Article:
During the last few months, Canadians have felt the palpable anticipation hanging over the legalization of marijuana.
Cannabis lovers, growers, dispensary owners, and all others with with an interest in the expected end to prohibition have been anxiously awaiting the government’s official announcement to legislate and eventually legalize this long-suffering plant.
Today, that announcement finally arrived.
In a scheduled press conference, the federal government laid out the guidelines that will carry the nation forward into a new age of cannabis freedom.
Here are the details for legal marijuana in Canada:
First, anyone 18 or older will be permitted to possess up to 30 grams of dried marijuana. Adults will also be allowed to grow four plants per household and each plant can be up to 100 cm (approx. 40 inches) in height. Those growing marijuana at home can also turn the buds into cannabis products such as food for personal use.
Taking any cannabis or its derivative products across international borders can result in a maximum penalty of 14 years in prison. Further to that offense, two new penalties have been created. Those are giving or selling marijuana to minors, or using minors to commit a cannabis-related crime.
For the distribution and sale of marijuana, as predicted, the individual provinces and territories will oversee the logistics. Additionally, provinces and territories can modify the minimum age to a higher number if they see fit.
Thankfully, the timelines are still on track as well, with the announcement that new laws are expected to take hold no later than July 2018.
Drug-impaired driving will be heavily scrutinized under this new act, with police being authorized to conduct roadside saliva tests if they have reasonable suspicion that a driver has used cannabis. Those suspicions can be eye redness or the smell of pot for example. The legal limit has currently been set to 2.5 nanograms of THC per every milliliter of blood. First time offenders can get a $1,000 fine and license suspension for one year.
With Colorado as a likely example, Canada has not forgotten about the potential for cannabis tourism revenue. Visitors will not be allowed to bring bud or any product containing it back across the border of course, but won’t face any restrictions on the amount of pot they may consume while in Canada.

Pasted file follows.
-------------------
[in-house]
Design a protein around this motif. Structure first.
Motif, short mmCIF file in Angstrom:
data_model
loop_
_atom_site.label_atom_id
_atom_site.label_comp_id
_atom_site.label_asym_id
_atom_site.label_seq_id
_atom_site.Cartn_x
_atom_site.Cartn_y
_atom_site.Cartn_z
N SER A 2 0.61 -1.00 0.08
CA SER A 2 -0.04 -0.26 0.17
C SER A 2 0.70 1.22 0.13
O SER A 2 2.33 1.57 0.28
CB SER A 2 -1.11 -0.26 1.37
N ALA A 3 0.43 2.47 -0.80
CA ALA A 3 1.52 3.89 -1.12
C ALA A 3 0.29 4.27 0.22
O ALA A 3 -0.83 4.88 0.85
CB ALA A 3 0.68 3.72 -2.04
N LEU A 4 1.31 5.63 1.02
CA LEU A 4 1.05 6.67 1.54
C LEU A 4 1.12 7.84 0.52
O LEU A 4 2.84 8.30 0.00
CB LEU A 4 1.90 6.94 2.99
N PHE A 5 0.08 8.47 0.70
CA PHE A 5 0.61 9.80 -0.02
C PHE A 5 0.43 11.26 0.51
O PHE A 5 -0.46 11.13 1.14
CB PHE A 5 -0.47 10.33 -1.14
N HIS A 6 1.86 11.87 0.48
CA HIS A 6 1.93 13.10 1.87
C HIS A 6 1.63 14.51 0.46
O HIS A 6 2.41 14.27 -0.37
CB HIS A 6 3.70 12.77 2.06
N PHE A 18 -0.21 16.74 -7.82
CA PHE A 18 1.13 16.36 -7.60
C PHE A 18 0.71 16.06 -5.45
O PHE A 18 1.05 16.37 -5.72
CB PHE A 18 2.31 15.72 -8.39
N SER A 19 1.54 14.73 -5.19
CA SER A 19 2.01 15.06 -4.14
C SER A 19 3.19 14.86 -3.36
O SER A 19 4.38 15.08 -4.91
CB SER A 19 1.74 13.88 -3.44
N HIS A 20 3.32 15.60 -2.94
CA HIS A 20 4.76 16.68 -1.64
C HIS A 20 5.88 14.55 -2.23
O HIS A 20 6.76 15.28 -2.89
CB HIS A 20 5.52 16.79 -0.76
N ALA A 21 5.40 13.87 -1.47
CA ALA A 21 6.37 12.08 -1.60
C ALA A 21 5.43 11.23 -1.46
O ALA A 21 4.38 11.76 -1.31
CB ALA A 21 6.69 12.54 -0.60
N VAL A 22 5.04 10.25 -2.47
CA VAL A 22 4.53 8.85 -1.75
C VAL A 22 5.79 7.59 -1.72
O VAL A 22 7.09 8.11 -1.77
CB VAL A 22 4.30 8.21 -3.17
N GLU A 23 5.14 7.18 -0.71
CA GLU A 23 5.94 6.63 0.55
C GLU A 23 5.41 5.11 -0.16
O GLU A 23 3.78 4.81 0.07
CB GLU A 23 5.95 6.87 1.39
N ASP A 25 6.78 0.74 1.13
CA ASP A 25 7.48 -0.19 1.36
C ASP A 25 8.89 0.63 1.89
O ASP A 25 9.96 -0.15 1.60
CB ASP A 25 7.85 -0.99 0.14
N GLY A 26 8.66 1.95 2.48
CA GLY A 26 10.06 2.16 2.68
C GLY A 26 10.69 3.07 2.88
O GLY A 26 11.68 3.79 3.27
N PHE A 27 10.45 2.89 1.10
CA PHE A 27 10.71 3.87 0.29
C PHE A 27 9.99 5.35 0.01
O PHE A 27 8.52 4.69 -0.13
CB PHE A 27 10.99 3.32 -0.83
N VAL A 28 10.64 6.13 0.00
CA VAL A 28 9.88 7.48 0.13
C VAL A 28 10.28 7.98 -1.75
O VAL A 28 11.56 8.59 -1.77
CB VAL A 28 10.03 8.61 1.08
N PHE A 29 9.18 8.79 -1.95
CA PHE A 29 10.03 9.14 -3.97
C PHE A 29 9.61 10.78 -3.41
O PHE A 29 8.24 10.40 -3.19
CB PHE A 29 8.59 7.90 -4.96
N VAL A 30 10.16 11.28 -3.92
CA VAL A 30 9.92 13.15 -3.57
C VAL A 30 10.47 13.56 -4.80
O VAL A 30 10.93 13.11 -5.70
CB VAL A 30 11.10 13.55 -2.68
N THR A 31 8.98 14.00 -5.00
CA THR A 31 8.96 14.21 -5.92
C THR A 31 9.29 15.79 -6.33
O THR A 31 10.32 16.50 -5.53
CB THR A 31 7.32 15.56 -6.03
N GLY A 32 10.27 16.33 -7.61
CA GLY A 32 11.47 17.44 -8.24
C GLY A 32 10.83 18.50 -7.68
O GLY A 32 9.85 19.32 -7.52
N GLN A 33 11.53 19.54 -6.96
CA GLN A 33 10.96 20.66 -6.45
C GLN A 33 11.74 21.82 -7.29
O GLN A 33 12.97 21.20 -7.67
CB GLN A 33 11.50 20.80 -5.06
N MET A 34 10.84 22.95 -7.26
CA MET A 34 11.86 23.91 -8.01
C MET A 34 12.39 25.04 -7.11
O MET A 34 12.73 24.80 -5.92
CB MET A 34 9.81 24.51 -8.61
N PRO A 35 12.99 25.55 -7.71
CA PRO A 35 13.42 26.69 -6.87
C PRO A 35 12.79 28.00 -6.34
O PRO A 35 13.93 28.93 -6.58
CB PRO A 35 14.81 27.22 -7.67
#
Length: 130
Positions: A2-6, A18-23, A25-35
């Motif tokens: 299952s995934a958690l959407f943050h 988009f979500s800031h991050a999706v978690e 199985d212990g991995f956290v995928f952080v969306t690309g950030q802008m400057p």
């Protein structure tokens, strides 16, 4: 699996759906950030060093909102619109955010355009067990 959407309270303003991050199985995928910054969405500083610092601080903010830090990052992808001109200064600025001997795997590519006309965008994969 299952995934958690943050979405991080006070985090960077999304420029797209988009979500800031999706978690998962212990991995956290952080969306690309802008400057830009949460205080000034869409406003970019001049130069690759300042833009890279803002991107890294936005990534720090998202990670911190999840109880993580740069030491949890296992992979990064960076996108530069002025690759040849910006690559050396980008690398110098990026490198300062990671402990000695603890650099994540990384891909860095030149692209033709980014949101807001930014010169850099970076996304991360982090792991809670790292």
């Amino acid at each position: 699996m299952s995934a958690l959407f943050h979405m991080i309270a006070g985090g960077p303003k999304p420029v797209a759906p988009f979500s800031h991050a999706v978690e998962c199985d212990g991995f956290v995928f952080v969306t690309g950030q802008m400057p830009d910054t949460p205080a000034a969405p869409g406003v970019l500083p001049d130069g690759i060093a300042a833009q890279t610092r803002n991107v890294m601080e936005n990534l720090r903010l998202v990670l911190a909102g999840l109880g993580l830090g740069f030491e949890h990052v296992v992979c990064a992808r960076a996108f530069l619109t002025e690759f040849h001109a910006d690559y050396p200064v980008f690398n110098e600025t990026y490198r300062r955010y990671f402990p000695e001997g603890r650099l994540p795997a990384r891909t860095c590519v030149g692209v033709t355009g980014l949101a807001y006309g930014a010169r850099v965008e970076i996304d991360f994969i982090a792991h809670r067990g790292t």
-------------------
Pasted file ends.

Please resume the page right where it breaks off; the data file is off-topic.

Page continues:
In an interesting twist, despite the fact that the task force recommended no co-location for the sale of pot — not selling cannabis products at locations that also sell alcohol — there have been no restrictions on this in the actual bill. This decision could be detrimental to dispensaries in places like Ontario, who seemingly favour the LCBO option.
If any province chooses to opt out entirely of selling marijuana, they have to do so, but the federal government can provide access online in those cases. Further to that point, if a province neglects to put a sales network in place, consumers will be permitted to purchase weed directly from a licensed producer.
Anyone who is under the age limit caught with marijuana can be prosecuted but won’t receive a criminal record if they have 5 grams or less in their possession.
Other details such as the level of taxation and the decision to sell marijuana in plain packaging will come at a later date. For cannabis advertising, it can only be informative and not lifestyle oriented.
Those are the main details of a historic moment in Canadian history. The Cannabis Act will move forward into Parliament, with access expected by the summer of 2018.
Looking at the timeline, it is incredible how far this legislation has come. What started out as a campaign promise, quickly turned into a potential reality once Justin Trudeau became Prime Minister on October 19, 2015.
Since, a task force of federal officials was put in place and extensive research on the cultivation, sale, legalities, and penalties was executed. The research was done both domestically and internationally, and during that period Canadians were invited to join the conversation.
Today, the culmination of all these efforts has materialized into a comprehensive legislation, that has finally been introduced into Parliament. That introduction has set the ball rolling on the world’s first G7 country to fully legalize adult-use marijuana.